This week on my radio show/podcast Download This Show we did something a bit different. Online Porn producer & director Michelle Flynn and Adult Performer Lucie Bee talk about the push to make ethical adult entertainment and how technology has been changed by erotic content and how porn is changing with new digital innovations like VR and more.
The joke is that Steve Wozniak is the "Other Steve" in the history of Apple. But while Steve Jobs may have gotten all the attention for co-founding one of the most transformative companies of our time, Woz has crafted his own path that is inspiring, surprising and occasionally just odd.
And his unvarnished thoughts on Steve Jobs are gold.
Shot by David May & Mark Tadic
Edited by Marc Fennell
And if you want to hear a full unedited version of that discussion you can hear it in this episode of Download This Show
Sony released their new VR headset today at Paris Games Week. I take it for a spin. Much embarrassment ensues.
Just how close have we come to the apocalypse? A lot closer than you might imagine. Just between the years between 1950 and 1980 alone the United States experienced a recorded 32 accidents involving nuclear weapons. That is according to journalist Eric Schlosser, who has documented the many times we've come close to Code Red in his book Command And Control.
There was one nuclear weapons accident in 1961 over North Carolina where a B-52 bomber started to break apart mid-air because there was a fuel imbalance on the plane, and as it was breaking apart the fuselage started to spin. The centrifugal forces on the plane as it was breaking apart pulled a lanyard in the cockpit. And that was the lanyard that a crew member would pull if they were above the Soviet Union and about to bomb.
There were two hydrogen bombs on the plane and hydrogen bombs are dumb. They're machines. When that lanyard got pulled the bombs didn't know they were over North Carolina not over Moscow. One of the bombs went through all of its arming steps, and when it hit the ground there was a firing signal sent. There was only one switch inside the bomb that prevented a full-scale detonation. That would have been a bummer because John F Kennedy had just become President and they literally would have had to evacuate Washington D.C.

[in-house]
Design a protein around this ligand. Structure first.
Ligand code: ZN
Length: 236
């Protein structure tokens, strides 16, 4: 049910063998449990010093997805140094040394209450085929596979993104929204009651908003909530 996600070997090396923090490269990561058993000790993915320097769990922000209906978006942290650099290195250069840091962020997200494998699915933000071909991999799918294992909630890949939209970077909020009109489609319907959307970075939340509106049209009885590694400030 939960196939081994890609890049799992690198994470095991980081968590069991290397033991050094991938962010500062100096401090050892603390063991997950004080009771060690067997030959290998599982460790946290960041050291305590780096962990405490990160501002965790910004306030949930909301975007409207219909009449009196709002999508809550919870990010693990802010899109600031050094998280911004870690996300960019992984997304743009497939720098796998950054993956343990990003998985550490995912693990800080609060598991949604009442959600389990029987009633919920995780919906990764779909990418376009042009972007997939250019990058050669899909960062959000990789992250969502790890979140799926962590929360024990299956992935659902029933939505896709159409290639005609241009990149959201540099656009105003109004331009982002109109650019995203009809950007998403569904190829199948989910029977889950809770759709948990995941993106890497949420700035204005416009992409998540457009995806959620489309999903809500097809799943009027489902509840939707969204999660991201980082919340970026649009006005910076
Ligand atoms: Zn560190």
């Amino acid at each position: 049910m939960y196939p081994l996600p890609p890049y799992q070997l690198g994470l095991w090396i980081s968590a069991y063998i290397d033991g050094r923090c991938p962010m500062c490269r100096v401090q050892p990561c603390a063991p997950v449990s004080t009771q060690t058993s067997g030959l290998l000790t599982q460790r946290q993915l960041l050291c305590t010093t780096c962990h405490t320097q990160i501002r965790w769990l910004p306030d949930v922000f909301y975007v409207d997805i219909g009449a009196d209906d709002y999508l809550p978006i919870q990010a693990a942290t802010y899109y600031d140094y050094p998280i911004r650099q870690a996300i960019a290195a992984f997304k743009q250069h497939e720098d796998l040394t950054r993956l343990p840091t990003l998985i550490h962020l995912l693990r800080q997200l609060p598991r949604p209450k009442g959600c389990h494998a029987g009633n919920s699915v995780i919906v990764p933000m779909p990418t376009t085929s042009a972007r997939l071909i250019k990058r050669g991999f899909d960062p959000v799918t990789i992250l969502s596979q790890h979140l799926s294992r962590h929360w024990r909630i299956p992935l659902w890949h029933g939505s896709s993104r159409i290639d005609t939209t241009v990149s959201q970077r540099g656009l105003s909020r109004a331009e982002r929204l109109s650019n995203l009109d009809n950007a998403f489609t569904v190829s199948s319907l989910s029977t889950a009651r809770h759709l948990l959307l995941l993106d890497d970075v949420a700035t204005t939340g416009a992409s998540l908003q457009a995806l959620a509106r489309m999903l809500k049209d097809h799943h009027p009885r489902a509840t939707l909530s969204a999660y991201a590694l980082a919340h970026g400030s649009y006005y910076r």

Now this particular switch the following year was found to be defective in many of our nuclear weapons. They would have unloaded the weapons from the airplane and realised that the weapons were fully armed because the switch hadn't worked. If one of the defective switches had been in that bomb... it sounds so corny but it would have changed the course of this world.
Again and again, you find examples of hundreds, if not a thousand or more, accidents involving nuclear weapons that could have ended very badly.
The direction which military history has gone since the end of the Cold War has been to very targeted kinds of warfare, drone warfare - and nobody's suggesting that drones are perfect, they're certainly not - but there's a much more surgical approach to modern warfare and in that sense nuclear weapons don't seem to necessarily fit that trend. Do you think nuclear weapons still have a role to play in keeping the world safe? Does the idea of mutually assured destruction still apply?
I think it's more complex. The threat to kill all the civilians of your enemy country is effective. But at the same time it's a psychological threat. And if you get a madman as a leade.r or if you have a group like ISIS or Al Qaeda, who believe that dying on behalf of the cause sends you to heaven, then threatening to kill doesn't have that impact. So in the 21st century nuclear weapons have no purpose whatsoever.
This summer was the 70th anniversary of the destruction of Hiroshima; that was a really crude, inefficient, rudimentary nuclear weapon, and in an instant it killed 80,000 people and knocked down two thirds of the buildings in a big city.
We built, in the Cold War, nuclear weapons a thousand times more powerful than that. The nuclear weapons that Russia, the United States, China, France and Great Britain have are vastly more powerful than that. So I think everyone has to realise that we either work towards reducing the number of these things and eliminating them, or they're going to be catastrophes that make 9/11 - I was in New York City on 9/11, and I saw the aftermath of the destruction of the World Trade Center - that will seem trivial compared to what's possible with these weapons.
Can you ever see a future where we are disarmed, or is it just too complicated, and politically and practically difficult?
I think it's within our power, if not to solve it 100 per cent, then to greatly reduce the danger, and the first step is for people to be aware. These nuclear weapons are out of sight, out of mind, literally. They're in silos underground, they're in submarines under the surface; there are these machines waiting to kill you. It's as simple as that. There are still 16,000 nuclear weapons in the world. They're wired up, they're ready to go and if one of them goes off it's going to be a catastrophe beyond description.
Behind Star Wars BB8 bot - I met the team from Sphero, the makers of the new R2D2.
Graham Burke is the co-founder of Village Roadshow. According to the Business Review Weekly he's estimated to be worth $153 million dollars.